Once while descending from his Himalayan abode, Shiva met a lame man who couldn’t move out of his way fast enough. His retort brought the reply from the lame man that he too would move fast if he had a silver walking stick. The kindhearted god immediately handed over his mace to him. The chhari remained in the man’s possession ever since. It was handed down from father to son until it came to the exPandit. Well, he revered the heirloom all right and on the final day of the pilgrimage distributed sweets to mark the culmination of a great event.
And then on the return journey, when the runners brought word that the Chhari procession was only a few miles away, the ex-Pandit and his family began preparing for the reception. Preceded by the nishan (flag) and drummers, the Chhari came into view and the custodian went forward to receive it. He embraced the mahant again and swung the mace three times in the air to a deafening cheer and slogans, both of Hindu and Muslim faiths. Everybody in the family rejoiced that the priceless heirloom had arrived safely, to be kept away with thanksgiving for another year.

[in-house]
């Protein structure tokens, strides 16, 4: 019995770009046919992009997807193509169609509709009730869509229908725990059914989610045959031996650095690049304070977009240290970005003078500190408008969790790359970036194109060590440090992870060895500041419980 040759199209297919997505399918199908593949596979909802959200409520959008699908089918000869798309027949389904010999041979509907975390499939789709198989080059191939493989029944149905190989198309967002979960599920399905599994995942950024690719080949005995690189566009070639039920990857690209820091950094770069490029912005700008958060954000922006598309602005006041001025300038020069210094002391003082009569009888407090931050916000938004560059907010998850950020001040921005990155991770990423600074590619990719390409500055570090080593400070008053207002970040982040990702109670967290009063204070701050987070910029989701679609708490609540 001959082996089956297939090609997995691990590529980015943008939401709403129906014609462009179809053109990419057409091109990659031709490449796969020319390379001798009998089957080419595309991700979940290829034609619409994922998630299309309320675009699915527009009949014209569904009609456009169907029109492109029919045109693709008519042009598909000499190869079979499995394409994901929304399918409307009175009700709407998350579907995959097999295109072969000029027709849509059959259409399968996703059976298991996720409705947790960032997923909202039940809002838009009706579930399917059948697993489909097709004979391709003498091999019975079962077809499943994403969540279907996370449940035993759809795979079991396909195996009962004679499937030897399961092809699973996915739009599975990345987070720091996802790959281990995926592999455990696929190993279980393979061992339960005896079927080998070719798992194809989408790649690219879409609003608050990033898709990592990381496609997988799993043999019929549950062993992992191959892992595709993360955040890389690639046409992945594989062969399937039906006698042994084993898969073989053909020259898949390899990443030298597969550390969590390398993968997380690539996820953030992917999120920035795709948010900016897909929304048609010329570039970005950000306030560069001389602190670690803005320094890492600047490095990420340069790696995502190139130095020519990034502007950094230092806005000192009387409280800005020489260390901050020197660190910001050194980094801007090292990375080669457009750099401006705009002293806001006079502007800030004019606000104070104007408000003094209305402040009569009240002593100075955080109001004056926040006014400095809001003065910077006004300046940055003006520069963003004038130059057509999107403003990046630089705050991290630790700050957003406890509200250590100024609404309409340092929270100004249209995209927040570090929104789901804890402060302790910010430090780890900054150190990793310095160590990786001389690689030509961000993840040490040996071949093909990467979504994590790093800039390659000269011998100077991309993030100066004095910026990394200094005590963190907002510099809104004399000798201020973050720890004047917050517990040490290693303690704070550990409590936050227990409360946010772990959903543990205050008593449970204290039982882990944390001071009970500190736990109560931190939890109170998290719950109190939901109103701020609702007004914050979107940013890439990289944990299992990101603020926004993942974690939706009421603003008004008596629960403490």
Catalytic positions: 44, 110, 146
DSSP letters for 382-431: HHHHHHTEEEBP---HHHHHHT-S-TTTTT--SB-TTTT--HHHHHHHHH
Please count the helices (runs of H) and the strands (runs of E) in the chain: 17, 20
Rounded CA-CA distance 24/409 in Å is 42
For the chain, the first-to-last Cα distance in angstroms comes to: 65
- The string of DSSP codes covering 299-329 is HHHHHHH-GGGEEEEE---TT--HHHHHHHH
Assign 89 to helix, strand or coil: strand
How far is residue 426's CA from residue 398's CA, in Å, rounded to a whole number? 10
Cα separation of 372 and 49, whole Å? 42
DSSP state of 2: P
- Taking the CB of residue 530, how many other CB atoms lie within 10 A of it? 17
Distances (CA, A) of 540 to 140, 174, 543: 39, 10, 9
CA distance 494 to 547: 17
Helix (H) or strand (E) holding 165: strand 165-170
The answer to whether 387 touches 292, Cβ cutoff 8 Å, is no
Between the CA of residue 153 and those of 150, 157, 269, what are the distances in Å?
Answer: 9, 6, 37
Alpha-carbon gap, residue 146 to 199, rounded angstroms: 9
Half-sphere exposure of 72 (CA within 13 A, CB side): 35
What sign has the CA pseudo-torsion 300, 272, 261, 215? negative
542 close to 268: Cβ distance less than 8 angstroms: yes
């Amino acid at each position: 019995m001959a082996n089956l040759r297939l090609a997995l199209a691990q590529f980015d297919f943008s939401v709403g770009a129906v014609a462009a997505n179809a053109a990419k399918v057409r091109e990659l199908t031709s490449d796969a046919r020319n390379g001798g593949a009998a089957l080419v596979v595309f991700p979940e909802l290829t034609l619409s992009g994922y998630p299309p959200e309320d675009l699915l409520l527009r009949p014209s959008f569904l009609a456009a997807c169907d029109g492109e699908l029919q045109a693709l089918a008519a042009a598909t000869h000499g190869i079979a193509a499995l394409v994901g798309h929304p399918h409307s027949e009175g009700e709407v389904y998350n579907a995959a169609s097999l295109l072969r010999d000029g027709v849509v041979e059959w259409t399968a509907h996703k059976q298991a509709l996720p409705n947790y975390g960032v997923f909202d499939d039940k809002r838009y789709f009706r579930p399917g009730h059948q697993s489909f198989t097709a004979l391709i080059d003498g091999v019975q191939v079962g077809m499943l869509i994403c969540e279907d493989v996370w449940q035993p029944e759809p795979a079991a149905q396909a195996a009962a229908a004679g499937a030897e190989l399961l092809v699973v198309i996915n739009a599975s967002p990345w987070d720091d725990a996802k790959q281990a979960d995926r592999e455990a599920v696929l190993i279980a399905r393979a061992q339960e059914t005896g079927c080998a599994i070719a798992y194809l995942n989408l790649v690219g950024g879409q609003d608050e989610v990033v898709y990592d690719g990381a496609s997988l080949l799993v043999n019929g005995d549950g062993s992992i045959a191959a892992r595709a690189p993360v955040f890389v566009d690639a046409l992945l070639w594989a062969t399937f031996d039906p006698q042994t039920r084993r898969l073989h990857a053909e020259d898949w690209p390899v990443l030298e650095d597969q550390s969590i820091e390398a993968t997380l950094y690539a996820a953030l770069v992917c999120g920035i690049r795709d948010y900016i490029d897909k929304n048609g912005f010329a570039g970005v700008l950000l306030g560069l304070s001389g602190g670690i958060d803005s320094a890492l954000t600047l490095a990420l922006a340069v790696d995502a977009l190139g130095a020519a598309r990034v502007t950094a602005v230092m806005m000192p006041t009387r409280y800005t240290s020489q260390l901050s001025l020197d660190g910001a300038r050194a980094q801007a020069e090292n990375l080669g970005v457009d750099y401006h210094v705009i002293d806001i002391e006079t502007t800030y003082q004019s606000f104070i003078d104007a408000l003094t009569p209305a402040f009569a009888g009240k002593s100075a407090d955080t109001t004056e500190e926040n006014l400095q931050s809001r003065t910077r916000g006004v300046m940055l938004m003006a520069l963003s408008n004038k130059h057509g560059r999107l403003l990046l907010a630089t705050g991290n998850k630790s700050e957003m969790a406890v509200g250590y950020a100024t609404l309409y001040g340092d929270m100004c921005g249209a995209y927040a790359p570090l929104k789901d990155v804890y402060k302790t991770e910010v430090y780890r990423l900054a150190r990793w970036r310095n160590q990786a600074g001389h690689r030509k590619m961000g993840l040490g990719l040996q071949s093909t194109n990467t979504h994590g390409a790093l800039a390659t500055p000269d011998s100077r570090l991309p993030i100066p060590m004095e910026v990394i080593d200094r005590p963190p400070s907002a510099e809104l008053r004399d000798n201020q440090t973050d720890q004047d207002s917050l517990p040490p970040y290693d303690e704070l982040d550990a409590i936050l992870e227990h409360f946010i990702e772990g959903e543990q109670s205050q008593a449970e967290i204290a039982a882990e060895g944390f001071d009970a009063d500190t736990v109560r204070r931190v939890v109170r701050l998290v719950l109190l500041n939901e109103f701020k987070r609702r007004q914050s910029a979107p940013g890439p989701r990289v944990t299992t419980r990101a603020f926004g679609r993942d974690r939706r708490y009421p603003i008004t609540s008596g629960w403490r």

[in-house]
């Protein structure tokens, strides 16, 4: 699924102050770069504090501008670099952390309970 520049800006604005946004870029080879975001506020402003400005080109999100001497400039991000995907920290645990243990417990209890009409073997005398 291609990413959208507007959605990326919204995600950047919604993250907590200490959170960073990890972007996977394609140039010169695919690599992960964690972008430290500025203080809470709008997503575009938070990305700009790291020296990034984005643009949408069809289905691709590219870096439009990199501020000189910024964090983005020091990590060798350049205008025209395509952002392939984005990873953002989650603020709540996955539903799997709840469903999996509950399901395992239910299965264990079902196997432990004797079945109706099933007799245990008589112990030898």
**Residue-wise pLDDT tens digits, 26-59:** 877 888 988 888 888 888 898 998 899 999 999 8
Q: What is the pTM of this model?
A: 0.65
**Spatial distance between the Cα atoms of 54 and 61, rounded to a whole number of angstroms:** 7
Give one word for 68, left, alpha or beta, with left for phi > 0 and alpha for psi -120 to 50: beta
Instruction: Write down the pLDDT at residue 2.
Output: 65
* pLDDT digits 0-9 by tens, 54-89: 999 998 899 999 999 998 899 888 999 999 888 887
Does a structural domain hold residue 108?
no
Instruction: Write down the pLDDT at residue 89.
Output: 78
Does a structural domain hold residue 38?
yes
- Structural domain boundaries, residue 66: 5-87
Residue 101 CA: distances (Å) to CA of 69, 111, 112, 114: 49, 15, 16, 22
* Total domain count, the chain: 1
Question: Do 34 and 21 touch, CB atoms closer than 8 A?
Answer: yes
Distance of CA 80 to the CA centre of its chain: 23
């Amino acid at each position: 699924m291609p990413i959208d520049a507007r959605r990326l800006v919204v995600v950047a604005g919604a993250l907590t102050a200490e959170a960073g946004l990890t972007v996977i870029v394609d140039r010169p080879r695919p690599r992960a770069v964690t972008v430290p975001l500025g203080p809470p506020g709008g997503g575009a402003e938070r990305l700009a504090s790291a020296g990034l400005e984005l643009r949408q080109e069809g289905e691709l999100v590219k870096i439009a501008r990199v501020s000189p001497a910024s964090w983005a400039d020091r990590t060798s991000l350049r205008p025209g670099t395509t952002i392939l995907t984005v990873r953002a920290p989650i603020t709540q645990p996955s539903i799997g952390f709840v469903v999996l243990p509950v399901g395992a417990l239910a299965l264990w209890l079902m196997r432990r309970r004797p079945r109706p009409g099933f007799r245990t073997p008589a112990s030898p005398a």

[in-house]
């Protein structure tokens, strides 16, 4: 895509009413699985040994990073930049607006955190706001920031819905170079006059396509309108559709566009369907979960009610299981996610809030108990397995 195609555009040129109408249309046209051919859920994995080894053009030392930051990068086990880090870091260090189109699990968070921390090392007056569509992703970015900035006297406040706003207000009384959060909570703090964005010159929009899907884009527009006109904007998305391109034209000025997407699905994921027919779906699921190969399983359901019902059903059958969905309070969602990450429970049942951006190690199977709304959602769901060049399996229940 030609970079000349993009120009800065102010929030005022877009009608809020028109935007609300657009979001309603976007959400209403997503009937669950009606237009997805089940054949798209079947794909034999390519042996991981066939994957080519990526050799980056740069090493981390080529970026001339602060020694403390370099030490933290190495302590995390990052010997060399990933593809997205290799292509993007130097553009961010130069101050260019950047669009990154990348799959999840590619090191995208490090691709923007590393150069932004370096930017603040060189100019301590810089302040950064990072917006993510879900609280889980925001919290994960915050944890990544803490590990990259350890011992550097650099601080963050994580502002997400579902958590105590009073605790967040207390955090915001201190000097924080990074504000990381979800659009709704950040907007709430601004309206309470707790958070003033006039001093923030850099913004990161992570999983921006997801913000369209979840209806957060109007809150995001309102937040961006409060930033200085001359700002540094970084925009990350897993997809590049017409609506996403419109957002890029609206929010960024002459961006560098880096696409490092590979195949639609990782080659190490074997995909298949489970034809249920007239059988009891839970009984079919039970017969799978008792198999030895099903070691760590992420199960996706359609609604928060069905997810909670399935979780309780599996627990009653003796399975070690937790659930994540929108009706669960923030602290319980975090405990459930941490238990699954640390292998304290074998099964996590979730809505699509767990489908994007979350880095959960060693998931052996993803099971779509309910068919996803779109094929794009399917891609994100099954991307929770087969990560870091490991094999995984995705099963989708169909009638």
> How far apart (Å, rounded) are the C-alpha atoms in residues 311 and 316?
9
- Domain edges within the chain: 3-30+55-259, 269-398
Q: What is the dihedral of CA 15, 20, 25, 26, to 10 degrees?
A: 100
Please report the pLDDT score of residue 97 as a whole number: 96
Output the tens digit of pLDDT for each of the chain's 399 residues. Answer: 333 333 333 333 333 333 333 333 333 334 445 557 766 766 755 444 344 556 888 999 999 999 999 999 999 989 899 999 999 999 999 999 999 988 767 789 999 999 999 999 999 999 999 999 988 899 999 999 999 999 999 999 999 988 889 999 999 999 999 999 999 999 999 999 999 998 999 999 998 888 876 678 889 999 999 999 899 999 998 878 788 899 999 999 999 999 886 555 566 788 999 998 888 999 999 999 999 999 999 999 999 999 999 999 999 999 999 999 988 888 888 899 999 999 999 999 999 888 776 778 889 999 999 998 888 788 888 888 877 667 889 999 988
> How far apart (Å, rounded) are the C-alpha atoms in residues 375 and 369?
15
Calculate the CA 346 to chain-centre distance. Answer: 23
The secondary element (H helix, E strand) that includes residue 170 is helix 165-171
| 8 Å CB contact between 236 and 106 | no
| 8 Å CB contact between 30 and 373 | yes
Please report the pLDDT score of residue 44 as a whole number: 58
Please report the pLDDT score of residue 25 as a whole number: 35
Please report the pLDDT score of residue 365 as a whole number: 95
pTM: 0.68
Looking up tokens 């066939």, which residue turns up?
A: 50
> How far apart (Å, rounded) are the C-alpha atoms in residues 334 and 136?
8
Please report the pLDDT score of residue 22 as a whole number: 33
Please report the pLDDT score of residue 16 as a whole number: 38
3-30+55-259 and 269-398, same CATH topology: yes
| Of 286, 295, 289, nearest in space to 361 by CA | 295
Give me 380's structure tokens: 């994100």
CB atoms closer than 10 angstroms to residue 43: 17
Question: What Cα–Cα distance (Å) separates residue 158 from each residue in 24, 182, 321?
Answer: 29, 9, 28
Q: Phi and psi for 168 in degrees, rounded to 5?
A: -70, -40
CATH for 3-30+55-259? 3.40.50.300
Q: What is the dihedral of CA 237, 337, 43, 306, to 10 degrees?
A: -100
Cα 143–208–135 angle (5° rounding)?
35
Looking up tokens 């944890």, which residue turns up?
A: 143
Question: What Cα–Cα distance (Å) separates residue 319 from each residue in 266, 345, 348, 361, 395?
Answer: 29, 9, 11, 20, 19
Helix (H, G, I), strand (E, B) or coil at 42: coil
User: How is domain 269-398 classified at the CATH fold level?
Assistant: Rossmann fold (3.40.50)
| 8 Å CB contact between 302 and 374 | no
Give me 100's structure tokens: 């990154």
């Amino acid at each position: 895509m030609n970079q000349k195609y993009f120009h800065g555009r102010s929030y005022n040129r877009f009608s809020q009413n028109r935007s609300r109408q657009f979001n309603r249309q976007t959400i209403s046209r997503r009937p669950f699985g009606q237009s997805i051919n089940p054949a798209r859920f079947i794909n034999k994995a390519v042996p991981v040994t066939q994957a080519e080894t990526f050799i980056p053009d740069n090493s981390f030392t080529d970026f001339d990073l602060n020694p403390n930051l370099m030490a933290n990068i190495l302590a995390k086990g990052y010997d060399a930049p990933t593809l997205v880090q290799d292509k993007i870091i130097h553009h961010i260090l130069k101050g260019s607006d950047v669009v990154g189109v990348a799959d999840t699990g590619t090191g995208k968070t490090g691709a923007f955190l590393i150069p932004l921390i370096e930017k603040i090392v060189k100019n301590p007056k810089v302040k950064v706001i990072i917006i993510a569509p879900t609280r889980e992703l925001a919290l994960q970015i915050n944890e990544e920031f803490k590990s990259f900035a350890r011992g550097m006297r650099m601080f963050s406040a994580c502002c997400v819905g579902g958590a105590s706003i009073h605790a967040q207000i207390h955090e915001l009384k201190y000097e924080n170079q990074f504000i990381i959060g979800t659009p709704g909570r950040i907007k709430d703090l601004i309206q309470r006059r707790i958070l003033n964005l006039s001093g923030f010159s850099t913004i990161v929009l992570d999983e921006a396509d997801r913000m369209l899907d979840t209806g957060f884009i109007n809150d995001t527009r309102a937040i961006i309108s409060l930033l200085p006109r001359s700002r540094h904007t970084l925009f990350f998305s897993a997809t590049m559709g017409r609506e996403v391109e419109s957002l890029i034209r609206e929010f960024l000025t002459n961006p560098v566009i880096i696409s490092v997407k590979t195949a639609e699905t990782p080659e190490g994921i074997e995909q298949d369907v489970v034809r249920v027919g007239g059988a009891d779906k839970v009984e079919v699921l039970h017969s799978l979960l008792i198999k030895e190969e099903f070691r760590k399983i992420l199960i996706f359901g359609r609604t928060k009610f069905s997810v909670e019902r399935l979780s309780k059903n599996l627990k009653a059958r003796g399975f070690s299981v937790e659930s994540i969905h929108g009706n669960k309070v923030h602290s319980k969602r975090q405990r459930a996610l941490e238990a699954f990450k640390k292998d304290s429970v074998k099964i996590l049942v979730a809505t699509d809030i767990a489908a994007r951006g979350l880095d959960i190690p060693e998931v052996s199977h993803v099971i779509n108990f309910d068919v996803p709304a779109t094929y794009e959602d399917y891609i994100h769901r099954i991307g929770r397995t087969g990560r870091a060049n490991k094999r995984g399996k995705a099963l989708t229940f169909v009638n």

We know how the Chhari now begins its journey from Jammu, arrives in Srinagar, where it is kept at the Dashnami Akhara, and then taken by MahantDipender Giri after the puja to Pahalgam, from where it proceeds to the cave shrine via Chandanwari, Sheshnag and Panchtarni. But the bearded man’s tale, redolent with cries of “Allah ho Akbar”, “Nare taqbi” and “Har har Mahadev”, had its own charm and comes to mind as a symbol of communal amity, more so now because of the threat by the Harkatul-Ansar and other terrorists.
The pilgrimage may culminate next month but the magic of the Chhari Mubarak, with its lovely Urdu name, will linger on the whole year. One does not know if that old man still comes for his annual sojourn at the shrine of Kalimullah Sahib, but even if he doesn’t there must surely be someone still who relates such tales while the evening meal is cooked, for how can a Kashmiri forget the hallowed mace of Lord Shiva? Even Allama Iqbal, such a proponent of the initial idea of a Pakistan homeland, revered the god because of his Kashmiri Pandit ancestry that made him refer to Lord Rama as “Imam-e-Hind” and the Ganges as the life-sustaining sacred river. To quote from the poet: “Ai Ab-e-rood Ganga hai yaad din woh tujko / Uttara tere kinare jab karavan hamara” ~ a lucid reference to the arrival of the Aryans. The Chhari Mubarakalso is a relic of that cherished past.
The same shair (poet) went on to eulogize the mother country with this remarkable verse: “Yunan, Misr, Rooma sab mit gaye jahan se / kuch baath hai ke hasti mitthi nahin hamari. (Greece, Egypt and Rome have gone into oblivion after their heyday, but isn’t it amazing that Indian civilisation still continues to flourish as of old?).”